Building a writing career
ONLINE COLUMN: Writing for Children
Published: August 28, 2009
|Is it better to land a contract first or write the manuscript first? |
If you have not written a children's book or magazine article, it's best to gain experience first. Start writing today. Start getting published now by writing for the no-pay/low-pay market. There are numerous publishers listed in market guides who pay a small fee or none at all, especially in the periodical market. The no-pay/low-pay market is ripe with opportunity to gain experience because most writers skip over it in search of greener pastures. Obtain samples of these publications, read them with your proverbial magnifying glass, write manuscripts targeted for their market, submit these manuscripts, and start building published credits right away. Nancy Sanders
As you gain actual writing and publishing experience, however, it's to your advantage to attempt to land a contract or an assignment before you write the manuscript. This helps guarantee that you'll get paid while you're writing and will help you start building a successful career as a children's writer.
How do you make the leap? Evaluate the market in which you're acquiring published credits. Have you been submitting puzzles for publication in children's magazines? Send a query to a book editor and pitch three to five ideas for potential puzzle books. Have you been writing mysteries for teen magazines? Send a query to a book editor and pitch three to five ideas for potential middle-grade or young-adult mystery novels.
Sometimes the market feels smaller and smaller the more you get published. More publishers require agents. More agents require potential clients to already have an established track record. In today's tough, competitive children's market, it can take years to find a publisher for a manuscript you already wrote, no matter how well-written it is. How should we, as children's writers, adjust to this dilemma? Learn to query widely and query well.
Yes, many children's publishers do not accept queries from unagented writers. If you do not have an agent, skip over these houses. Dig through your market guides and look for children's book publishers who ARE open to receiving queries. Establish part of each week's writing routine to include time for studying one of these publishers, evaluating the list of titles they already publish, and brainstorming three to five ideas for new books that would complement their list.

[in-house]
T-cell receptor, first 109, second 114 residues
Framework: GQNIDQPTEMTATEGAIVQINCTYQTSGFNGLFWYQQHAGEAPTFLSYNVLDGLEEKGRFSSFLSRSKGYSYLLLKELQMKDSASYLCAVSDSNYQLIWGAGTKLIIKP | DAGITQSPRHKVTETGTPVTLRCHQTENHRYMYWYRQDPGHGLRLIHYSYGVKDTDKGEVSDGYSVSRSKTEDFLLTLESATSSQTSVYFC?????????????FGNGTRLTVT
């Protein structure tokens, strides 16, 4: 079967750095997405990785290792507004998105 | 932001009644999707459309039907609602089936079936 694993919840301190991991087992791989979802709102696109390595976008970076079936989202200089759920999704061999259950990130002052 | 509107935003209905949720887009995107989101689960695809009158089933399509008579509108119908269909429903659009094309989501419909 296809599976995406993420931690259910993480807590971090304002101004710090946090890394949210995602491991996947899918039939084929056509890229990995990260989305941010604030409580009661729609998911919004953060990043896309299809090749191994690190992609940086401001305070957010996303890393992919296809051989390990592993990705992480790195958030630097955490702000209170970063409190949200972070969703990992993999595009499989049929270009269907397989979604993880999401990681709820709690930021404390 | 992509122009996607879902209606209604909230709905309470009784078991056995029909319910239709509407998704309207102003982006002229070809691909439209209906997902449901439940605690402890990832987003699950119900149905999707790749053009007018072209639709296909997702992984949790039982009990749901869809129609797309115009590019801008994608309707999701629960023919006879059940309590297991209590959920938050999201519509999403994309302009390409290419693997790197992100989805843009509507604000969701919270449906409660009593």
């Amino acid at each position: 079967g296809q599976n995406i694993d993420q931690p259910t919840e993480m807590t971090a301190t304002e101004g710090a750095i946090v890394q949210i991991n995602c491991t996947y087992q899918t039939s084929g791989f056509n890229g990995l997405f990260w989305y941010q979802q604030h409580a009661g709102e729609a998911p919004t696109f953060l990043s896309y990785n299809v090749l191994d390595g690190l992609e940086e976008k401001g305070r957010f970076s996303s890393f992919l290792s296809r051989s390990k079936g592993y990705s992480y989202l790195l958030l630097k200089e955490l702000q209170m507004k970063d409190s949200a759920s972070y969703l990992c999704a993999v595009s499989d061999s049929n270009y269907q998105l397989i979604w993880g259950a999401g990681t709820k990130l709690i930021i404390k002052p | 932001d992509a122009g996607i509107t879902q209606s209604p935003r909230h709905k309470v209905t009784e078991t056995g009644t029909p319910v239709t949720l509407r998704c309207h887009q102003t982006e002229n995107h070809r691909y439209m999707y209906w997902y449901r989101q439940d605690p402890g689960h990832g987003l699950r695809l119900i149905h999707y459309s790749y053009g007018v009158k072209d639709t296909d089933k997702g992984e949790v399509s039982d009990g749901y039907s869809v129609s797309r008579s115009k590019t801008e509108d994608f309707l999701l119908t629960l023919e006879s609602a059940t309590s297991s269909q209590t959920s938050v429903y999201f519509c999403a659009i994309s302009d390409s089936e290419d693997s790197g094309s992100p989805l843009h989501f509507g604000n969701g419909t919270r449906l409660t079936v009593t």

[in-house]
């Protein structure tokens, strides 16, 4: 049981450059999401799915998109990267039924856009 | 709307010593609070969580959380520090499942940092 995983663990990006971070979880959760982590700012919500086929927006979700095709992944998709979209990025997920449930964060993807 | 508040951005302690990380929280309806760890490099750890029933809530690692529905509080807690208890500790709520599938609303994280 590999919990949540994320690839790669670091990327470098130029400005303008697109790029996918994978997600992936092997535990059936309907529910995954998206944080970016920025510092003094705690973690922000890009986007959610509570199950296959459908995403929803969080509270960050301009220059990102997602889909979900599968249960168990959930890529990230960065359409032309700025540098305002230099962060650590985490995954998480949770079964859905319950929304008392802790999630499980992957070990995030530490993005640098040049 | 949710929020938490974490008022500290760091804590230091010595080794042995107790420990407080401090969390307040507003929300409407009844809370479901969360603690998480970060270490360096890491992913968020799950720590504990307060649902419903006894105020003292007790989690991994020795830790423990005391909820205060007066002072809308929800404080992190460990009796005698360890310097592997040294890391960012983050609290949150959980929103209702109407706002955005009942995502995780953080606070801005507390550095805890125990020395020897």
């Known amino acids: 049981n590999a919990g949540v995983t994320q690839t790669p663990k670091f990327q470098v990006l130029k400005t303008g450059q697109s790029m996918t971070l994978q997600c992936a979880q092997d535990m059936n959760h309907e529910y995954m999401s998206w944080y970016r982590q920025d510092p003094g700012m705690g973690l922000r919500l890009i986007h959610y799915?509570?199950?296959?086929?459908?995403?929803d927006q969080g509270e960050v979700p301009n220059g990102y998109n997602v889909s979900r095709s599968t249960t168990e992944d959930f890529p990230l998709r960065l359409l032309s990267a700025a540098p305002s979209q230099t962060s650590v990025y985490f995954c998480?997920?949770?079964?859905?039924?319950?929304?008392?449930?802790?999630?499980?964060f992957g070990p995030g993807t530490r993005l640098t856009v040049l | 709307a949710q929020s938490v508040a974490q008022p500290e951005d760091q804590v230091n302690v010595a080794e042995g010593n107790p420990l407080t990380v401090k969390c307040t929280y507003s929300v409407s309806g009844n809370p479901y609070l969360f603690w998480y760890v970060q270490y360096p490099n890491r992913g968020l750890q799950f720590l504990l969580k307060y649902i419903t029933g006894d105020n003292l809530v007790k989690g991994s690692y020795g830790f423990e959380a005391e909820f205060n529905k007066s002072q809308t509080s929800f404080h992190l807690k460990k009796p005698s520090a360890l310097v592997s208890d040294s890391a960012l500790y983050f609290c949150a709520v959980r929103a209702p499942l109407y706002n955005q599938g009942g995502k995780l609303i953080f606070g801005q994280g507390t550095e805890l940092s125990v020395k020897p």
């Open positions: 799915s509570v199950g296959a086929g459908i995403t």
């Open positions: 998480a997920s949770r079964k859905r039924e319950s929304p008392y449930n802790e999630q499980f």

Don't worry if you're not totally passionate about potential topics. Writing is a job. Learn to treat it as such. Sure, you can still write manuscripts you love, but if you want to experience solid success in today's children's market, learn to write on topics editors are looking for as well. Send a short query letter to the editor of a publisher you've been studying. Pitch three to five new ideas, explain how they fit into the publisher's product line, and list your published credits. If you're targeting a large children's magazine, do the same.
Continue sending out queries to a variety of publishers until an editor responds and asks for a proposal for one of your ideas. Then prepare the proposal and submit it. Try to land a contract or assignment before you write the book or article. Make it your goal to earn income while you write.
Nancy I. Sanders has written numerous books and articles for children. She also leads three critique groups and is the author of a new book for children's writers, Yes! You Can Learn How to Write Children's Books, Get Them Published, and Build a $uccessful Writing Career (summer 2009). Web: www.nancyisanders.com.